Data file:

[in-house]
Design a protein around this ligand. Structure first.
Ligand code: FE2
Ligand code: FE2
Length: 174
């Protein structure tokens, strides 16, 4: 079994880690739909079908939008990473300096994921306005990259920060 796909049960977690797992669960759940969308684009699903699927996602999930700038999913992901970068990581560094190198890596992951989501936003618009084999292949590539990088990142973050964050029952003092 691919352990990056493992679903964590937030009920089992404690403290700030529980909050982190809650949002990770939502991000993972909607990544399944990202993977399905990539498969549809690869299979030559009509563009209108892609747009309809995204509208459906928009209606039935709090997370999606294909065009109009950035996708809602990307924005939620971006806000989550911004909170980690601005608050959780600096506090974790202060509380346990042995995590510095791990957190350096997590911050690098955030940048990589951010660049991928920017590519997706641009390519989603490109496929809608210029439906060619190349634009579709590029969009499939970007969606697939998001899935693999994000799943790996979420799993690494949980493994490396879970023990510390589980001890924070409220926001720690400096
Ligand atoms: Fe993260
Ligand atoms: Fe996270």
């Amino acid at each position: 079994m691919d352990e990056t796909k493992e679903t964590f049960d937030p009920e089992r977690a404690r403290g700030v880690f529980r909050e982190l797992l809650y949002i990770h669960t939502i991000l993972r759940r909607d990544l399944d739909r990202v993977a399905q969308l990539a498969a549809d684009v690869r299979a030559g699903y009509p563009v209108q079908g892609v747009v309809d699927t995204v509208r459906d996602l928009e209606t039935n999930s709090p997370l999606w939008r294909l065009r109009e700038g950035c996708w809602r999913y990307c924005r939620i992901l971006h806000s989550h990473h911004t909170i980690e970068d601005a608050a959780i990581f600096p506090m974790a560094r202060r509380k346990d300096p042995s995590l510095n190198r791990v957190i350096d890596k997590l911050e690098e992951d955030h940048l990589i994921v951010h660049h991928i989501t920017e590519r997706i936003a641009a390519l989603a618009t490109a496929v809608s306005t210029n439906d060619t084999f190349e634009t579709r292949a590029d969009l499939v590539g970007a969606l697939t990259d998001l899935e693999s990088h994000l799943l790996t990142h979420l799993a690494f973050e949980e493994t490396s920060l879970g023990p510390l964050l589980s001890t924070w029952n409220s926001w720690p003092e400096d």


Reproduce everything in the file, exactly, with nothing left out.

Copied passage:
[in-house]
Design a protein around this ligand. Structure first.
Ligand code: FE2
Ligand code: FE2
Length: 174
């Protein structure tokens, strides 16, 4: 079994880690739909079908939008990473300096994921306005990259920060 796909049960977690797992669960759940969308684009699903699927996602999930700038999913992901970068990581560094190198890596992951989501936003618009084999292949590539990088990142973050964050029952003092 691919352990990056493992679903964590937030009920089992404690403290700030529980909050982190809650949002990770939502991000993972909607990544399944990202993977399905990539498969549809690869299979030559009509563009209108892609747009309809995204509208459906928009209606039935709090997370999606294909065009109009950035996708809602990307924005939620971006806000989550911004909170980690601005608050959780600096506090974790202060509380346990042995995590510095791990957190350096997590911050690098955030940048990589951010660049991928920017590519997706641009390519989603490109496929809608210029439906060619190349634009579709590029969009499939970007969606697939998001899935693999994000799943790996979420799993690494949980493994490396879970023990510390589980001890924070409220926001720690400096
Ligand atoms: Fe993260
Ligand atoms: Fe996270």
């Amino acid at each position: 079994m691919d352990e990056t796909k493992e679903t964590f049960d937030p009920e089992r977690a404690r403290g700030v880690f529980r909050e982190l797992l809650y949002i990770h669960t939502i991000l993972r759940r909607d990544l399944d739909r990202v993977a399905q969308l990539a498969a549809d684009v690869r299979a030559g699903y009509p563009v209108q079908g892609v747009v309809d699927t995204v509208r459906d996602l928009e209606t039935n999930s709090p997370l999606w939008r294909l065009r109009e700038g950035c996708w809602r999913y990307c924005r939620i992901l971006h806000s989550h990473h911004t909170i980690e970068d601005a608050a959780i990581f600096p506090m974790a560094r202060r509380k346990d300096p042995s995590l510095n190198r791990v957190i350096d890596k997590l911050e690098e992951d955030h940048l990589i994921v951010h660049h991928i989501t920017e590519r997706i936003a641009a390519l989603a618009t490109a496929v809608s306005t210029n439906d060619t084999f190349e634009t579709r292949a590029d969009l499939v590539g970007a969606l697939t990259d998001l899935e693999s990088h994000l799943l790996t990142h979420l799993a690494f973050e949980e493994t490396s920060l879970g023990p510390l964050l589980s001890t924070w029952n409220s926001w720690p003092e400096d």